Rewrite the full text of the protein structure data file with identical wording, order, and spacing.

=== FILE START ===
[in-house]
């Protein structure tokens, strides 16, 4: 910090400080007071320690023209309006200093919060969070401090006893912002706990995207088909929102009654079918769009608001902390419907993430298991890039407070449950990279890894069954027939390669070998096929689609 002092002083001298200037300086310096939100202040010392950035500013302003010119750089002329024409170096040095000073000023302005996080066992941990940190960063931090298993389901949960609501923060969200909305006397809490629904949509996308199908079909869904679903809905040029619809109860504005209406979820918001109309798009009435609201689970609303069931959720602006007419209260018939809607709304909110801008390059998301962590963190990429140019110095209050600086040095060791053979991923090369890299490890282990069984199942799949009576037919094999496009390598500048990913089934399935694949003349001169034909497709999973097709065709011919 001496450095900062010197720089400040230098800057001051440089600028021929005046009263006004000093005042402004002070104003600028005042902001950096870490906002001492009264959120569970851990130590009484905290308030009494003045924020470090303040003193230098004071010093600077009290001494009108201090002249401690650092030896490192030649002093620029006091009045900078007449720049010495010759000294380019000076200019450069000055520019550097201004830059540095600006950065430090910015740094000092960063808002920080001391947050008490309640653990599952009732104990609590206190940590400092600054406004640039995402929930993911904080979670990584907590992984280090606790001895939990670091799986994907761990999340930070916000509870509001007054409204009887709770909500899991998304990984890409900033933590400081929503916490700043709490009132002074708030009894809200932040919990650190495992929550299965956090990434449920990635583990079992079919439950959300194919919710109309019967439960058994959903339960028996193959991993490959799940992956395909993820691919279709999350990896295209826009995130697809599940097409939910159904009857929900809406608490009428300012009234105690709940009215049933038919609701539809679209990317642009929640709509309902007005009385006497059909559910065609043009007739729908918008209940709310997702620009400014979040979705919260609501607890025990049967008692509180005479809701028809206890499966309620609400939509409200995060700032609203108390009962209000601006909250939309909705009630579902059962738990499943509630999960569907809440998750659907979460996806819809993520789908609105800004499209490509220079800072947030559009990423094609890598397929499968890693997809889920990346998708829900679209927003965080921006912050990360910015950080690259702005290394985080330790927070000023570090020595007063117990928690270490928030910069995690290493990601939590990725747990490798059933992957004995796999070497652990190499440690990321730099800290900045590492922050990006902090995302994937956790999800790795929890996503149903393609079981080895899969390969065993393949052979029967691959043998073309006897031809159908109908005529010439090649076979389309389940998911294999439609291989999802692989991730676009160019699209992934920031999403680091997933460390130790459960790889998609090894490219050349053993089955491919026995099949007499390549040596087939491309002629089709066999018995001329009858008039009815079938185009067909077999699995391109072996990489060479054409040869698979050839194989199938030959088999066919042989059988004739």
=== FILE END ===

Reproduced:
[in-house]
């Protein structure tokens, strides 16, 4: 910090400080007071320690023209309006200093919060969070401090006893912002706990995207088909929102009654079918769009608001902390419907993430298991890039407070449950990279890894069954027939390669070998096929689609 002092002083001298200037300086310096939100202040010392950035500013302003010119750089002329024409170096040095000073000023302005996080066992941990940190960063931090298993389901949960609501923060969200909305006397809490629904949509996308199908079909869904679903809905040029619809109860504005209406979820918001109309798009009435609201689970609303069931959720602006007419209260018939809607709304909110801008390059998301962590963190990429140019110095209050600086040095060791053979991923090369890299490890282990069984199942799949009576037919094999496009390598500048990913089934399935694949003349001169034909497709999973097709065709011919 001496450095900062010197720089400040230098800057001051440089600028021929005046009263006004000093005042402004002070104003600028005042902001950096870490906002001492009264959120569970851990130590009484905290308030009494003045924020470090303040003193230098004071010093600077009290001494009108201090002249401690650092030896490192030649002093620029006091009045900078007449720049010495010759000294380019000076200019450069000055520019550097201004830059540095600006950065430090910015740094000092960063808002920080001391947050008490309640653990599952009732104990609590206190940590400092600054406004640039995402929930993911904080979670990584907590992984280090606790001895939990670091799986994907761990999340930070916000509870509001007054409204009887709770909500899991998304990984890409900033933590400081929503916490700043709490009132002074708030009894809200932040919990650190495992929550299965956090990434449920990635583990079992079919439950959300194919919710109309019967439960058994959903339960028996193959991993490959799940992956395909993820691919279709999350990896295209826009995130697809599940097409939910159904009857929900809406608490009428300012009234105690709940009215049933038919609701539809679209990317642009929640709509309902007005009385006497059909559910065609043009007739729908918008209940709310997702620009400014979040979705919260609501607890025990049967008692509180005479809701028809206890499966309620609400939509409200995060700032609203108390009962209000601006909250939309909705009630579902059962738990499943509630999960569907809440998750659907979460996806819809993520789908609105800004499209490509220079800072947030559009990423094609890598397929499968890693997809889920990346998708829900679209927003965080921006912050990360910015950080690259702005290394985080330790927070000023570090020595007063117990928690270490928030910069995690290493990601939590990725747990490798059933992957004995796999070497652990190499440690990321730099800290900045590492922050990006902090995302994937956790999800790795929890996503149903393609079981080895899969390969065993393949052979029967691959043998073309006897031809159908109908005529010439090649076979389309389940998911294999439609291989999802692989991730676009160019699209992934920031999403680091997933460390130790459960790889998609090894490219050349053993089955491919026995099949007499390549040596087939491309002629089709066999018995001329009858008039009815079938185009067909077999699995391109072996990489060479054409040869698979050839194989199938030959088999066919042989059988004739």